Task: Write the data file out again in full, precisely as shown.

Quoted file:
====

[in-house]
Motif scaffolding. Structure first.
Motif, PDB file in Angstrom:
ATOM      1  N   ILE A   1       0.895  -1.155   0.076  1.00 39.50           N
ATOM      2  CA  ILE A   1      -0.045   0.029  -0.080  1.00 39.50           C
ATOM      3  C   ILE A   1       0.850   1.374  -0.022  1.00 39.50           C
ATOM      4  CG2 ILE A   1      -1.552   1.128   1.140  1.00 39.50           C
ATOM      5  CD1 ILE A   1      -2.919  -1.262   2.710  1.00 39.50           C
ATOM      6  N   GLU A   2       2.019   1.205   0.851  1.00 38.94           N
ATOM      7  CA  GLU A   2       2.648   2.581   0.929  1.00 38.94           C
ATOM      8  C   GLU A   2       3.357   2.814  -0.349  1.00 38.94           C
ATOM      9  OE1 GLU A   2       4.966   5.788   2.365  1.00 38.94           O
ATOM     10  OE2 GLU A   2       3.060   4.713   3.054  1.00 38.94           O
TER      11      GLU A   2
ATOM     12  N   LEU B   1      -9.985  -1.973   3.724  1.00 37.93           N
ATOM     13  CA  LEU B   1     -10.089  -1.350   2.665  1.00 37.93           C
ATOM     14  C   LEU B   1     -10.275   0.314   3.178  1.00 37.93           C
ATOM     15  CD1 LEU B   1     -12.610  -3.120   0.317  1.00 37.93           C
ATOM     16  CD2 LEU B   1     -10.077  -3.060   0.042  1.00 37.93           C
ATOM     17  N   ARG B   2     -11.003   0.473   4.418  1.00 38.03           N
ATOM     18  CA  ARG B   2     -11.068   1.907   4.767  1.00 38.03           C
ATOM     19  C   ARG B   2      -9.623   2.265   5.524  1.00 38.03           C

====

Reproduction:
[in-house]
Motif scaffolding. Structure first.
Motif, PDB file in Angstrom:
ATOM      1  N   ILE A   1       0.895  -1.155   0.076  1.00 39.50           N
ATOM      2  CA  ILE A   1      -0.045   0.029  -0.080  1.00 39.50           C
ATOM      3  C   ILE A   1       0.850   1.374  -0.022  1.00 39.50           C
ATOM      4  CG2 ILE A   1      -1.552   1.128   1.140  1.00 39.50           C
ATOM      5  CD1 ILE A   1      -2.919  -1.262   2.710  1.00 39.50           C
ATOM      6  N   GLU A   2       2.019   1.205   0.851  1.00 38.94           N
ATOM      7  CA  GLU A   2       2.648   2.581   0.929  1.00 38.94           C
ATOM      8  C   GLU A   2       3.357   2.814  -0.349  1.00 38.94           C
ATOM      9  OE1 GLU A   2       4.966   5.788   2.365  1.00 38.94           O
ATOM     10  OE2 GLU A   2       3.060   4.713   3.054  1.00 38.94           O
TER      11      GLU A   2
ATOM     12  N   LEU B   1      -9.985  -1.973   3.724  1.00 37.93           N
ATOM     13  CA  LEU B   1     -10.089  -1.350   2.665  1.00 37.93           C
ATOM     14  C   LEU B   1     -10.275   0.314   3.178  1.00 37.93           C
ATOM     15  CD1 LEU B   1     -12.610  -3.120   0.317  1.00 37.93           C
ATOM     16  CD2 LEU B   1     -10.077  -3.060   0.042  1.00 37.93           C
ATOM     17  N   ARG B   2     -11.003   0.473   4.418  1.00 38.03           N
ATOM     18  CA  ARG B   2     -11.068   1.907   4.767  1.00 38.03           C
ATOM     19  C   ARG B   2      -9.623   2.265   5.524  1.00 38.03           C